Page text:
One of the areas of the investment world that has been gaining in popularity in the last five years ...
Health Sector a Salve for Volatile Markets
02/10/2011 12:17 pm EST
Fidelity’s health care sector fund has several long-term trends working in its favor, writes Jim Lowell of Fidelity Investor.
We own a healthy dose of Fidelity Select Health Care Fund (FSPHX) in each portfolio. Of course, health care (representing nearly 16% of our gross domestic product) is unlike any other sector in the Standard & Poor’s. It is so diversified and global, so interrelated to technology, manufacturing, and R&D, so dependent upon delivering real goods and services for consumer consumption, that it is almost an economy unto itself.
- Political pressures may appear to be on the wane; but they’re as likely to inflame
- Cost-control efforts continue to cut into the profit margins on many medications even as an unprecedented level of patent expirations vie against generic and potentially even government product competition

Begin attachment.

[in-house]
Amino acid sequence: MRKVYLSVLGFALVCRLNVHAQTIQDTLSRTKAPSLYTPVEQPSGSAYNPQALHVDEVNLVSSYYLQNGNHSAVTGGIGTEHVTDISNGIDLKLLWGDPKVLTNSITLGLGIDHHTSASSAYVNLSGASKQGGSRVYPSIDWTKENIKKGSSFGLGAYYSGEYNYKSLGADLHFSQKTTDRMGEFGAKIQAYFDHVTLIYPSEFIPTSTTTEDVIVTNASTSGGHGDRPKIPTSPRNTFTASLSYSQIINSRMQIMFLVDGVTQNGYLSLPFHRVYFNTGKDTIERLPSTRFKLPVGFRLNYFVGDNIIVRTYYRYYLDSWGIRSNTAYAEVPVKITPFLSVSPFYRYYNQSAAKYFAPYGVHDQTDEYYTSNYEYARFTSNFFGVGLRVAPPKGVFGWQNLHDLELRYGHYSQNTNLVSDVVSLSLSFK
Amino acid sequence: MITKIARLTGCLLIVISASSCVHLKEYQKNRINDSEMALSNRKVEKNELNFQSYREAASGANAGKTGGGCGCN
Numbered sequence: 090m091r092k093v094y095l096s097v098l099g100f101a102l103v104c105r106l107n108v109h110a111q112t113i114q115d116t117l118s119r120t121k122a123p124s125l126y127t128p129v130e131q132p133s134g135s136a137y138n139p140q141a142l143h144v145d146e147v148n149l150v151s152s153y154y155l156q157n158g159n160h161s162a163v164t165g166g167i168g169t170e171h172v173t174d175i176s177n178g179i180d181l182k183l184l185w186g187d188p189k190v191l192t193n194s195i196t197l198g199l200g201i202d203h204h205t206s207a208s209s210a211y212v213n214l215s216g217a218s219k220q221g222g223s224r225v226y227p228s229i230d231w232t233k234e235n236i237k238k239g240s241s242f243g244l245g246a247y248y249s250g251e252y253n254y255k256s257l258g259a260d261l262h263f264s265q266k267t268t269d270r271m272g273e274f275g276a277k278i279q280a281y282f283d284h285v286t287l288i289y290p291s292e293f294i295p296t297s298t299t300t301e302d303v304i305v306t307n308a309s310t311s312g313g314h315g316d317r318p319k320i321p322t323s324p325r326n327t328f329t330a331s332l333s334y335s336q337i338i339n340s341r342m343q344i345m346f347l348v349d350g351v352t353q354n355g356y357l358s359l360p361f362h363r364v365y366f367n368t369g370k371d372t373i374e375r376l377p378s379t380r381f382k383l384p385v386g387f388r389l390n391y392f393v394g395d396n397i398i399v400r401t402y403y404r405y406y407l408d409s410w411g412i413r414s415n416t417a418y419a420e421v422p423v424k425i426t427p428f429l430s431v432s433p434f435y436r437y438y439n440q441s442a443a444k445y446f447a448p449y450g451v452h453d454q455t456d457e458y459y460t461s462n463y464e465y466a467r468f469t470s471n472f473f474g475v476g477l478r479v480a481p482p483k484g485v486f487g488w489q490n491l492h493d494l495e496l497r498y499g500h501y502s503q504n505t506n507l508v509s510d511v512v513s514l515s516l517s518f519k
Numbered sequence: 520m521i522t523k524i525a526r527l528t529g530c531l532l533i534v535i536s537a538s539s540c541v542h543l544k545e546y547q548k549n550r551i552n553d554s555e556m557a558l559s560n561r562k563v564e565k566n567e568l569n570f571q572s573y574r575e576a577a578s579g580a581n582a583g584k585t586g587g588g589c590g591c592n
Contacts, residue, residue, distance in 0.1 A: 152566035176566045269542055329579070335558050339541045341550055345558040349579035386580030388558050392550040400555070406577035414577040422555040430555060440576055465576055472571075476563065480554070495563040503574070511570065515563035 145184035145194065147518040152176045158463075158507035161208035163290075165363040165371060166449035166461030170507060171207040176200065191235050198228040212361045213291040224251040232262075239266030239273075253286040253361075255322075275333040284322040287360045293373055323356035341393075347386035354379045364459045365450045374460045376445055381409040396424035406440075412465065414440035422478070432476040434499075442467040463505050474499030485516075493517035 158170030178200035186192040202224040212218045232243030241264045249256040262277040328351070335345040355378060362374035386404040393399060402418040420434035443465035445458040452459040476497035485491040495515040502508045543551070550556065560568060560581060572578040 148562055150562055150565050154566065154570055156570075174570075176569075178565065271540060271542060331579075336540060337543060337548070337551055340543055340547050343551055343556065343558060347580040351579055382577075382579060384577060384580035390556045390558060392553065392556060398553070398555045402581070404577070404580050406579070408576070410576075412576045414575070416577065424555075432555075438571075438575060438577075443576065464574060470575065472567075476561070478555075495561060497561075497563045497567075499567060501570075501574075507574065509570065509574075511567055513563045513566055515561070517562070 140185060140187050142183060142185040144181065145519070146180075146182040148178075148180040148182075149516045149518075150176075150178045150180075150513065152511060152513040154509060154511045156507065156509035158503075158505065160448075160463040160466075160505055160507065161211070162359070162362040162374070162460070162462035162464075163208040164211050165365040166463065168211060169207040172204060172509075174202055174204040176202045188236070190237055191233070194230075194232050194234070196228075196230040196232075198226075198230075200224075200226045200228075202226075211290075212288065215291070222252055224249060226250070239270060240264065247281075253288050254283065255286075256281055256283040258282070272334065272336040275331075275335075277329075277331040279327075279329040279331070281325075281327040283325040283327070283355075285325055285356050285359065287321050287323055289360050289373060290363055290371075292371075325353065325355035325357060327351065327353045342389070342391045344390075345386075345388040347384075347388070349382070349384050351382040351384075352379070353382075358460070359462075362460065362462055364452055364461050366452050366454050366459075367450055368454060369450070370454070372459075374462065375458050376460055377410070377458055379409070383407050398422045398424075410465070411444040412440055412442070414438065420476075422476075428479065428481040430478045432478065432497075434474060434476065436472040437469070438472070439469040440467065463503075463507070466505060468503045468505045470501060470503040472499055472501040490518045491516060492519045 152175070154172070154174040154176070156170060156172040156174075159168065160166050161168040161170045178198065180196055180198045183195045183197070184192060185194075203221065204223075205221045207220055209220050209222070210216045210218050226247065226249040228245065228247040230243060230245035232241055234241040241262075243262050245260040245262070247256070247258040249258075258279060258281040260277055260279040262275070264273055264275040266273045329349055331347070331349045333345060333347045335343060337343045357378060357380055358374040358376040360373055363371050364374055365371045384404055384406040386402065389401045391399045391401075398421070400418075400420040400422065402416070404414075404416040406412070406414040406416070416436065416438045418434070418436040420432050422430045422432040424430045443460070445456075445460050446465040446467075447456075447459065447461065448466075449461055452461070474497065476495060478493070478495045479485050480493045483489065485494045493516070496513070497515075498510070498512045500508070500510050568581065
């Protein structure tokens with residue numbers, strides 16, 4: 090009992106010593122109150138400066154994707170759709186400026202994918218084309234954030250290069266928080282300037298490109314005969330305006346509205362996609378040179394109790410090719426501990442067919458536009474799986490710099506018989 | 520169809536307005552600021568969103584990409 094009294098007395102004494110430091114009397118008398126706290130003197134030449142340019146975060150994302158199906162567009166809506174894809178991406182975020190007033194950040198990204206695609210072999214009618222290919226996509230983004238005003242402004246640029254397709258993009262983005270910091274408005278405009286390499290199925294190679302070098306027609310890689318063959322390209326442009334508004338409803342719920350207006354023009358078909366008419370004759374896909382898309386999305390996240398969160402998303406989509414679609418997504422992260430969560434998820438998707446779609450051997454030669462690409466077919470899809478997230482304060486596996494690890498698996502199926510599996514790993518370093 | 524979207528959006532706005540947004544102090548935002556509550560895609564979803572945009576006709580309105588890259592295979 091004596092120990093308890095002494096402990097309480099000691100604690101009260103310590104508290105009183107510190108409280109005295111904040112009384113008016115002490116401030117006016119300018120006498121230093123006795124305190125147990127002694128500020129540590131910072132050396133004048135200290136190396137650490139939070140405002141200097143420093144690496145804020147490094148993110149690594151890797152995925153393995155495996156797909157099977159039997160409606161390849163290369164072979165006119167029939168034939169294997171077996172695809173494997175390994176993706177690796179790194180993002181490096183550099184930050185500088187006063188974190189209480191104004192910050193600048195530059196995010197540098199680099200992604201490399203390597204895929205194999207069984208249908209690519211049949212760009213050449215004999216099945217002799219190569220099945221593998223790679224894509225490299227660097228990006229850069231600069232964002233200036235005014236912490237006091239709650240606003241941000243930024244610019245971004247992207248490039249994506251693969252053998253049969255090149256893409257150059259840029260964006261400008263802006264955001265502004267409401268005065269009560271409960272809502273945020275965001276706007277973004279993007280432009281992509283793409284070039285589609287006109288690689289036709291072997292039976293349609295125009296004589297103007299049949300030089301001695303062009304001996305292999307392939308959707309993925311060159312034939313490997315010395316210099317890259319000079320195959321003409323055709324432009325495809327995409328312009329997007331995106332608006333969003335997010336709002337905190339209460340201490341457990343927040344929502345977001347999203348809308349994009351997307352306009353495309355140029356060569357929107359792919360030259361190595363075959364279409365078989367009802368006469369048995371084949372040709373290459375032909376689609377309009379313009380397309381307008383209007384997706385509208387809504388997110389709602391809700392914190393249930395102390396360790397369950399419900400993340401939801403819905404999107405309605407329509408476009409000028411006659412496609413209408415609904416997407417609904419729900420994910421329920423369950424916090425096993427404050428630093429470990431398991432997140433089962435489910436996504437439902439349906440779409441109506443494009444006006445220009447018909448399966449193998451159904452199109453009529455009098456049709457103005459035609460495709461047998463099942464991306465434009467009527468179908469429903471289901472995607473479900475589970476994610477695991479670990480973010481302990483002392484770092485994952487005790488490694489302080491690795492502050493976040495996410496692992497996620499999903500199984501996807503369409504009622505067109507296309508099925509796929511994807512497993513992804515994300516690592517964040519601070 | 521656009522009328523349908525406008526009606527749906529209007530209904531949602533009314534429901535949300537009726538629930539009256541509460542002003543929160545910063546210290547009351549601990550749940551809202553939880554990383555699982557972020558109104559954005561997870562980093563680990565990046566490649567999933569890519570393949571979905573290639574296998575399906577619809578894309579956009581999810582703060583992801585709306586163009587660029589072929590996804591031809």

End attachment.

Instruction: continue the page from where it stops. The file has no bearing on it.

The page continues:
- Pipelines of new, significant (“blockbuster”) drugs make less and less of an impact on the earnings growth of the major pharmaceutical conglomerates
- Legal liabilities
- Market momentum in favor of growth stocks tends to discount health-care stocks
- Relatively stable earnings growth and dividend yields
- Broadening of biotechnology businesses and proven applications such as technological, nanotechnological and genome mapping advances
- Demographic factors
- Emerging market consumers’ growing demand for more and better health care goods and services
- Politicians and health plan administrators cognizant that even expensive drugs are less invasive and hence cheaper than surgery, long-term psychotherapy, or complications from chronic illness.
- Manufacturing efficiencies can lead to cost savings
- Government stimulus could be less permanent than government production
- Innovation leads to capital appreciation
Health care remains a reliable cure for overall market volatility with organic and strategic upside growth potential.
[The fund is up 5.7% year-to-date, modestly outpacing the market. Top performers in 2011 include Pfizer (NYSE: PFE) (up 10%) and McKesson (NYSE: MCK), a drug wholesaler that’s risen 12% since the year began. Another top holding was recently recommended by Louis Navellier. Josh Peters prefers another maker of medical equipment and drugs—Editor].
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